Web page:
What It Means When a Dog Is Deemed Vicious By Authorities
Certain dogs are potentially dangerous as defined by the law in California. Some dogs by Authorities deem a dog vicious. Some progress from one label to the other. When it comes to dog bite attacks and dog bite laws, these terms are not merely adjectives – they are legal statuses that matter quite a bit when it comes to how they are handled and how they are allowed to interact with the public in general. Unfortunately, these labels are only used when people are harmed by dogs.
The California dog bite lawyers at the Dog Bite Law Group have helped many people who have been injured in dog bite attacks assert and properly enforce their legal rights. We do so out of a sense of duty, as we hope we can help minimize dog bite attacks. We believe issues such as legal statuses placed on dogs because of attacks that have occurred are important for people to understand. Below you’ll find an overview of the laws dealing with these situations, what they mean and how they can affect you. If you’ve been injured in an attack, contact the Dog Bite Law Group today to schedule a free initial consultation.
California Dog Bite Laws Dealing With Potentially Dangerous and Vicious Animals
There are several laws in place that deal with dog bite attacks, and each of them has relevance to both dog owners and people in general who come into contact with them. The statutory definitions that matter the most include those for the following terms:
- Potentially dangerous dog
- Vicious dog
- Severe injury
- Keeping and controlling potentially dangerous dogs
A brief summary of each definition appears below:
- Potentially dangerous dog – A potentially dangerous dog is one that, within the previous 36 months, has on at least two occasions behaved in a way that forced defensive action by a person to prevent bodily injury. This behavior needs to have occurred off of the property of the dog’s owner. A potentially dangerous dog is also one that has bitten a person within the previous 36 months causing an injury. Finally, a potentially dangerous dog is one that has killed or injured at least two domestic animals off of the owner’s property.
- Vicious dog – A vicious dog is any dog that, without being provoked, severely injures or kills a human being. A dog can be classified as vicious if, after its owner is notified that the dog has been classified as potentially dangerous, continues the behavior that earned the first classification.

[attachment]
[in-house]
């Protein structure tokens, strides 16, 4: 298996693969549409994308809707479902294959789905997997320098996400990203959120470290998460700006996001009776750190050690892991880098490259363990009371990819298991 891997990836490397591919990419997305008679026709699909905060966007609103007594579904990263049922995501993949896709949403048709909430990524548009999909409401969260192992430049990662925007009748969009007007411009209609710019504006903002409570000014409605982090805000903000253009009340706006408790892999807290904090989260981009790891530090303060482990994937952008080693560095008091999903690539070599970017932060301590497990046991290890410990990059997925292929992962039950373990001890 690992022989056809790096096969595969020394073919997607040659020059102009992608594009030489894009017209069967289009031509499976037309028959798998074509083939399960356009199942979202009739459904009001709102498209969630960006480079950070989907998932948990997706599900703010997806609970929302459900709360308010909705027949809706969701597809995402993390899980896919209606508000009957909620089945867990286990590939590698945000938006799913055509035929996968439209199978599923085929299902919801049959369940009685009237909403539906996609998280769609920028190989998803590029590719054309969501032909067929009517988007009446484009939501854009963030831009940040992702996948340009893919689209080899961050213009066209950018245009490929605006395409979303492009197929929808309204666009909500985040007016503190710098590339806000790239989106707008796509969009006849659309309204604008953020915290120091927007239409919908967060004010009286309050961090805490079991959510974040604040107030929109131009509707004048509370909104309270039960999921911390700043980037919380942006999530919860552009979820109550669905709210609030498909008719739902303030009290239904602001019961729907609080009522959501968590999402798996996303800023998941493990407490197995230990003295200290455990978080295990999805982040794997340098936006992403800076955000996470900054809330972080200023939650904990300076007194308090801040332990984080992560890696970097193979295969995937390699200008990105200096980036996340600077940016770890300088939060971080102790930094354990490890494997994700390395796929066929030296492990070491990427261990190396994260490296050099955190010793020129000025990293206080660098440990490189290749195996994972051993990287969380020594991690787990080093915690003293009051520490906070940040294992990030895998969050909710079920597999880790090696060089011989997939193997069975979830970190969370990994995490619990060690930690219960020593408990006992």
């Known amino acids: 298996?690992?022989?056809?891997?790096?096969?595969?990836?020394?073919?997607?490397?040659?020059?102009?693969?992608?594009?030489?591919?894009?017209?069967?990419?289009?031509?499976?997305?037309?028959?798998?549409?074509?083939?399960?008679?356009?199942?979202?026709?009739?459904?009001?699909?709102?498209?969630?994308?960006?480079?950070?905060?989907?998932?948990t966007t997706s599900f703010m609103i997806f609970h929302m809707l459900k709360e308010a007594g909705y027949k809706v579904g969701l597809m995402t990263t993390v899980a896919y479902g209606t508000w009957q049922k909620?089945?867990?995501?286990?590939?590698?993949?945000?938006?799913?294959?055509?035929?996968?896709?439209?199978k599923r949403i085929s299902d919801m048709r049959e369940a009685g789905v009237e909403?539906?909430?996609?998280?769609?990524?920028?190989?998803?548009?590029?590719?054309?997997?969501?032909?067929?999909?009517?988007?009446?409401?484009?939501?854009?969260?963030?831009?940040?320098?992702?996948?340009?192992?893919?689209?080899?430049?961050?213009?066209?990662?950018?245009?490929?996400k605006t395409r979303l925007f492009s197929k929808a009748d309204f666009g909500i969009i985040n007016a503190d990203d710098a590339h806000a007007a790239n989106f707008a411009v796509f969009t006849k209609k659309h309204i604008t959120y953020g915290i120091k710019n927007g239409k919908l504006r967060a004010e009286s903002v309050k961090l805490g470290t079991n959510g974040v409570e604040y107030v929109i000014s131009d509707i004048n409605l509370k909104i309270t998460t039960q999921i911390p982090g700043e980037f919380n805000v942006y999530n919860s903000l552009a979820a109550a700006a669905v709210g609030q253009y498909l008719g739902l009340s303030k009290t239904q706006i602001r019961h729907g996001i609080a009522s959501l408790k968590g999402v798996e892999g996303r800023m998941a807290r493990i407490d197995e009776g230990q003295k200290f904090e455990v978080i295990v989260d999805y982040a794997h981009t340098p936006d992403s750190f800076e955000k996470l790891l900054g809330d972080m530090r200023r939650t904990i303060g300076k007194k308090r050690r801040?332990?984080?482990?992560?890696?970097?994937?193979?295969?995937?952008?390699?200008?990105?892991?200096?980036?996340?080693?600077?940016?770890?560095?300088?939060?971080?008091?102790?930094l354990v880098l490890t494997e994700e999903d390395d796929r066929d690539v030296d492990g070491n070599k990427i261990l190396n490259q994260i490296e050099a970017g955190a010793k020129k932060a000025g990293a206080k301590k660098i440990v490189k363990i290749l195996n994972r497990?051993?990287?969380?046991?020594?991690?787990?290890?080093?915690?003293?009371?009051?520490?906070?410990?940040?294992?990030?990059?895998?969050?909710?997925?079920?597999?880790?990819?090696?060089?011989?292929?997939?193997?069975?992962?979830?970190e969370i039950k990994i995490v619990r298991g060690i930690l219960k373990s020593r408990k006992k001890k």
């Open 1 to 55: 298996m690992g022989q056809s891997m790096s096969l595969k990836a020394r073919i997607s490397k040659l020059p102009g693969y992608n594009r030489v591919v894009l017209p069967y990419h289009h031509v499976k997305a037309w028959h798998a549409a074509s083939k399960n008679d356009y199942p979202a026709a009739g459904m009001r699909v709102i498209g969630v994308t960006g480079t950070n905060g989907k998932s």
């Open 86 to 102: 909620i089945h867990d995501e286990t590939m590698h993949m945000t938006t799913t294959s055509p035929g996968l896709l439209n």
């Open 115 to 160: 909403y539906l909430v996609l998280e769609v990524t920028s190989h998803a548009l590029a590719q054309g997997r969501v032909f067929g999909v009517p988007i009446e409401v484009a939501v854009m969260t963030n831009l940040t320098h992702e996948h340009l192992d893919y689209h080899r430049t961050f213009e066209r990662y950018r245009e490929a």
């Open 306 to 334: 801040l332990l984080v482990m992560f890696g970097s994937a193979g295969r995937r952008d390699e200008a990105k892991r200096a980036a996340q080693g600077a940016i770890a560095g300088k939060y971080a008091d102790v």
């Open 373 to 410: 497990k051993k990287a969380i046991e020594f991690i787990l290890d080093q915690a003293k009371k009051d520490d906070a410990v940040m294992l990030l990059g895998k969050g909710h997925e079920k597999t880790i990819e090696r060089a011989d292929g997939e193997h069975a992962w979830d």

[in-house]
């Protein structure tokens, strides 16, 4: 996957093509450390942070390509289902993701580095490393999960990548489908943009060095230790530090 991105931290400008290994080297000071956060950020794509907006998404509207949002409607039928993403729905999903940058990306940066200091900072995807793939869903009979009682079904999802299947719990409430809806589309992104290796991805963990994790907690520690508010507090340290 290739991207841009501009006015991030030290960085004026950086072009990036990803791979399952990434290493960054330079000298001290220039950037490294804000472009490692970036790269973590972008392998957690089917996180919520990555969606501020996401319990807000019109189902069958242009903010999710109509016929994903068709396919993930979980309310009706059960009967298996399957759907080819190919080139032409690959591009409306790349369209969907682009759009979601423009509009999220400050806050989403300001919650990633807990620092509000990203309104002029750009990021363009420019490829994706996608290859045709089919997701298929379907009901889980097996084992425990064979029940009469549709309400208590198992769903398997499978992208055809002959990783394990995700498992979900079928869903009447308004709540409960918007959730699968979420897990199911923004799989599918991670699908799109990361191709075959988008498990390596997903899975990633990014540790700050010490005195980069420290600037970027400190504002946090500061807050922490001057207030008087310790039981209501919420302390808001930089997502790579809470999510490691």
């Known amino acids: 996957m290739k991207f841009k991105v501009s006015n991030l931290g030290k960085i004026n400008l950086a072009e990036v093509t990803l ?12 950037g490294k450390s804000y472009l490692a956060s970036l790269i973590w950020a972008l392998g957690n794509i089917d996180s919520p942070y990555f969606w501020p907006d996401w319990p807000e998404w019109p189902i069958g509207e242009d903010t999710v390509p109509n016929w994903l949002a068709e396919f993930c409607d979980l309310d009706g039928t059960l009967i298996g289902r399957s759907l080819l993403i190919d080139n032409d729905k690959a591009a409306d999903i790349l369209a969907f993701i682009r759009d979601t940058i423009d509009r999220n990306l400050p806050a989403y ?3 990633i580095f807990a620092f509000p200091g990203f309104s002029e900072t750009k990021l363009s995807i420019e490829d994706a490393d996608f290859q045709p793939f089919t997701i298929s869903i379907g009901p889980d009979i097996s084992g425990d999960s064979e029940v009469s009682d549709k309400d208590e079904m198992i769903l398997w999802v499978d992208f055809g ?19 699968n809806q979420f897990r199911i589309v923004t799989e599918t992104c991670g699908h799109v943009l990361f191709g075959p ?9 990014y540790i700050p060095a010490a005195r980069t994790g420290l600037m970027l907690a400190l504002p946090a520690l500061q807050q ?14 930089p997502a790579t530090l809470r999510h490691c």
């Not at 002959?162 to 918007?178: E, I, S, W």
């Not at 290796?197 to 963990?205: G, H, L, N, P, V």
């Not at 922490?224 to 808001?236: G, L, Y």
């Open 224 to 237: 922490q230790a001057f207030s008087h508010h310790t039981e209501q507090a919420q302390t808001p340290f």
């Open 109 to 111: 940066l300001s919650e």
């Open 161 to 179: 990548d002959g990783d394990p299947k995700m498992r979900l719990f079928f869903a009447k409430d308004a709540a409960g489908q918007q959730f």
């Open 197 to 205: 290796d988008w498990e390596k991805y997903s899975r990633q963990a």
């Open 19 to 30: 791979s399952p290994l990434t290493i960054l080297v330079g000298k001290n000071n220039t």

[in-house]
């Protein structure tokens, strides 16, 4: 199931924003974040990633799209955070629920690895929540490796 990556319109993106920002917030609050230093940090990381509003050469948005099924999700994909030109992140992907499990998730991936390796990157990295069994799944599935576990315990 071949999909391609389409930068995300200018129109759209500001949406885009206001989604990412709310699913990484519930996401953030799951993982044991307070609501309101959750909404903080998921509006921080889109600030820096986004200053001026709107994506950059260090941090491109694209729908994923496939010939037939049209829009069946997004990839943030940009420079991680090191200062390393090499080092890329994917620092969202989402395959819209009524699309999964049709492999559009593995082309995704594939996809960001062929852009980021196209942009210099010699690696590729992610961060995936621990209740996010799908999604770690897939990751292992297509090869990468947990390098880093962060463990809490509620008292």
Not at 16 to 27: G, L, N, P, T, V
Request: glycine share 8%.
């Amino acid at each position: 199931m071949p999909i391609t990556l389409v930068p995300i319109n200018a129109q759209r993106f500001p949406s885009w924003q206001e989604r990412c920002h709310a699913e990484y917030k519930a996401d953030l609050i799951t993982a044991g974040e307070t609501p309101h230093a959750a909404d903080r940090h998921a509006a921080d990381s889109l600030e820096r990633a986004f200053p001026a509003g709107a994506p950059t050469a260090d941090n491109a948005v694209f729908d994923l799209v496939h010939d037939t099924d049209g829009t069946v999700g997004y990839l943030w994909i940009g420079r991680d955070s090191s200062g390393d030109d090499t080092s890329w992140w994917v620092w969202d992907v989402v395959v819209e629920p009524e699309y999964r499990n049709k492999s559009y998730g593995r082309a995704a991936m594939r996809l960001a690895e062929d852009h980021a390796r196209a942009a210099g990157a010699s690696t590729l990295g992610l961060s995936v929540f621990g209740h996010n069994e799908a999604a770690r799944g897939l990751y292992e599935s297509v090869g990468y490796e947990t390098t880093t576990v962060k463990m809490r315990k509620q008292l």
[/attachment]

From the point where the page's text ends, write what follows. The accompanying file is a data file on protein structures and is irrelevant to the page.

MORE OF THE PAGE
- Severe injury – A severe injury is defined as, “any physical injury to a human being that results in muscle tears or disfiguring lacerations or requires multiple sutures or corrective or cosmetic surgery.”
- Enclosure – An enclosure is relevant to dogs that are entered on the dangerous dogs list because it is required that the owners of these dogs have a structure that is sufficient to keep children out of the area and to keep the dog from escaping that area.
- Keeping and controlling potentially dangerous dogs – Generally speaking, a potentially dangerous dog must be kept on the property either inside the home or within an enclosure as described above. If the potentially dangerous dog is off the property, it must be kept on a “substantial” leash of appropriate length and be under the control of a responsible adult.
You can find the full text of the California statutory language here.
Potentially Dangerous vs. Vicious – What It Means When Authorities Deem a Dog Vicious
The difference between the classifications of potentially dangerous and vicious in California is significant in several ways. A few of them appear below:
- Remedies – The most obvious difference between a potentially dangerous dog and a vicious dog involves the ultimate remedy for a dog bite attack situation. Specifically, a vicious dog may be destroyed by the county while a potentially dangerous dog does not face that potential result.
- Additional ownership – If a dog is found to be vicious, the owner of that vicious dog will not be allowed to own, control or otherwise have custody of another dog for a period of up to three years when it’s found that owning another dog would lead to a significant threat to public health, safety, and welfare.
- Potential removal from the dangerous dogs list – A potentially dangerous dog can and will likely be removed from the county’s list of dangerous dogs if it does not exhibit any additional behavior that got it onto the list in the first place for a period of 36 months. No such provision exists for vicious dogs that are not destroyed.
What These Designations Mean to Dog Bite Attack Victims
It is also worth understanding what these designations mean to people who are injured in California dog bite attacks and who pursue a recovery of damages in civil court. California is what is known as a “strict liability” state, which means that if a dog injures a person and no defense applies such as provocation or trespass, then the owner of that dog is generally liable for damages.
Specifically, it means that a dog’s placement on a dangerous dogs list is not altogether relevant in terms of whether or not that dog’s owner should be liable for those damages. It is relevant, however, with regards to what ultimately happens to that dog and perhaps to that dog owner in the criminal justice system. Owners of dangerous dogs that are not properly cared for or restricted from access to the public can face significant criminal penalties, including felony charges if a dangerous dog seriously injures or kills someone.
How California Dog Bite Lawyers Can Help
If authorities deem a dog vicious, these legal designations and administrative processes are just another thing that you may wind up feeling as though you have to handle. Rather than working through all of this alone, seek the help of an Irvine dog bite attorney who has been fighting for the rights of the injured for years. Contact the Dog Bite Law Group today to schedule a free consultation.